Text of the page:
Malle was running a few minutes late, but when we met we instantly got along fabulously. A tiny, charismatic woman, she had endless stories to tell. We went straight to her friend’s concert since it was starting soon. The concert took place on a little pop-up stage on a cobble-stoned street with the most road-weathered d&b Q system I had ever seen. Her friends’ band TJ & The Reason To Live was actually quite good. Louie would have called it “music to do heroine to,” but I am a sucker for shoe-gaze rock. In the audience I observed the people around me as painters inspect the figures they are about to draw. I saw a girl with streaming red hair and an Agalloch patch and a man with mutton chops wearing a Front Line Assembly hoodie who I could have sworn I’d seen before as one of their techs. Malle introduced me to her friend who worked as the floor manager at one of the local venues. She told me upon my inquiry that all the venues in Copenhagen are independently owned. I had asked if they had big corporate promoters like we have in the States. She mentioned that some of the big festivals were getting bought out such corporate entities, which especially hurts the smaller indie-owned festivals in the countryside because they can’t compete.
Malle took me to eat a Danish “delicacy” which was a pork burger with cabbage and pickles with a side of Chocio chocolate milk. I was so hungry that I gobbled it up. We ended up sitting outside that fast food joint talking for hours and hours. Have you ever sat down and just listened to someone as they unveil their story to you? I don’t know if it is because some people are born storytellers, or that I am completely fascinated by each world that we all live in yet can’t fully share with each other, but I love to hear people tell me about their lives. I sit there and imagine every character like I am reading a book, but the preciousness of it being someone else’s reality adds another dimension to it, like peeking into the door to another world.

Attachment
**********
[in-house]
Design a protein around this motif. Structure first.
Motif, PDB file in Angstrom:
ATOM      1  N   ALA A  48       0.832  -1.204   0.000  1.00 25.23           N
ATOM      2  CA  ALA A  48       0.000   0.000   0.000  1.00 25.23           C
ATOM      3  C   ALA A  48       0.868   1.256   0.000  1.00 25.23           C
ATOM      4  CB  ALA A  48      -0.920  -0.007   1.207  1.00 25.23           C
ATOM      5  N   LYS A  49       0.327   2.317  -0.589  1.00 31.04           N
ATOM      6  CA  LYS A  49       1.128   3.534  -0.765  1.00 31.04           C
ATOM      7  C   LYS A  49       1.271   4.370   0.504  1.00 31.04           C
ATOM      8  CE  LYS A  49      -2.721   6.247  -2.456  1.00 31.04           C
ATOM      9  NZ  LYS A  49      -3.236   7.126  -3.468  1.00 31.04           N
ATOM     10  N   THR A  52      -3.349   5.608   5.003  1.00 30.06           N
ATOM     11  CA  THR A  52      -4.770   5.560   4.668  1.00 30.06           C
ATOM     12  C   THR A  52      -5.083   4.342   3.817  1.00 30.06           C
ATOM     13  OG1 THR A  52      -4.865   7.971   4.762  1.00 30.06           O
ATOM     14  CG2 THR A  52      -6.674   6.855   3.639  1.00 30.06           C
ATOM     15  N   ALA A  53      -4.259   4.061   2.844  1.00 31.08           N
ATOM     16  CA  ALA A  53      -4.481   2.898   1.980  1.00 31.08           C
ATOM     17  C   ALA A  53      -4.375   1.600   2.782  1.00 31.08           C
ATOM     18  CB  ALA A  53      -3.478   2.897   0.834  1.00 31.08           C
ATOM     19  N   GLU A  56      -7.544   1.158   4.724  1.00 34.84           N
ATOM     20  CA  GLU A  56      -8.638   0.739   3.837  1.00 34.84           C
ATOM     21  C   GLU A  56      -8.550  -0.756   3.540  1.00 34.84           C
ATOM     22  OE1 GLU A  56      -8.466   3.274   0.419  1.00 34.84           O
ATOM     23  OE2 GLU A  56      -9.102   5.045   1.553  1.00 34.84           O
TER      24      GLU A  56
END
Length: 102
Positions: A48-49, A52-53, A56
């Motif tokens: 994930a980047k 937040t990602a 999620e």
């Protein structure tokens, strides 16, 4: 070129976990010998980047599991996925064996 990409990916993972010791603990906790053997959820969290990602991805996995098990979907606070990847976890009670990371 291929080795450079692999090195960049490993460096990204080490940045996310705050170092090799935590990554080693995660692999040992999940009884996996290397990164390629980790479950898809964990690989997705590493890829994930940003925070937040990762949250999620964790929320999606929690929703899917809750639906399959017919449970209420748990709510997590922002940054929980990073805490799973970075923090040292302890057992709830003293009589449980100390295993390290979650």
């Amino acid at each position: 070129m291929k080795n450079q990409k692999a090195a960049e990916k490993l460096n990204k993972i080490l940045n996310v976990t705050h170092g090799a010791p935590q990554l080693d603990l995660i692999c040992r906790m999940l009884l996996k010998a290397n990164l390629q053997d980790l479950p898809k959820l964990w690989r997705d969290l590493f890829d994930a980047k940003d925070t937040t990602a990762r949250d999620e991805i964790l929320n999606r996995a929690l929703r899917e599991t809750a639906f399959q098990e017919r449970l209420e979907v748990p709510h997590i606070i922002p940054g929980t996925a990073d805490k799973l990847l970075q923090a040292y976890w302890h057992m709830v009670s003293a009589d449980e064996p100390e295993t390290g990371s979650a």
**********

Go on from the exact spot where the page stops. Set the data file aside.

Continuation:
We ended up at a rock bar called Simplet V and I could only have one beer because everyone was smoking inside and I wasn’t sure how my Airbnb host would feel about me reeking of smoke when I came home. I wasn’t sure of her policy on coming home late so I decided to head home and call it a night. Danes sure know how to party: while biking back at 1 in the morning there were buses of people blasting techno with men leaning drunkenly out the side window. Malle had said that it was a trend in Denmark. Part of me really wanted to stay up and rage, but I wanted to get up early the next day and make the most of my time. I got lost again on the way home, but fortunately a man with rainbow space leggings pointed me in the direction of Norrebruten. Ah Copenhagen…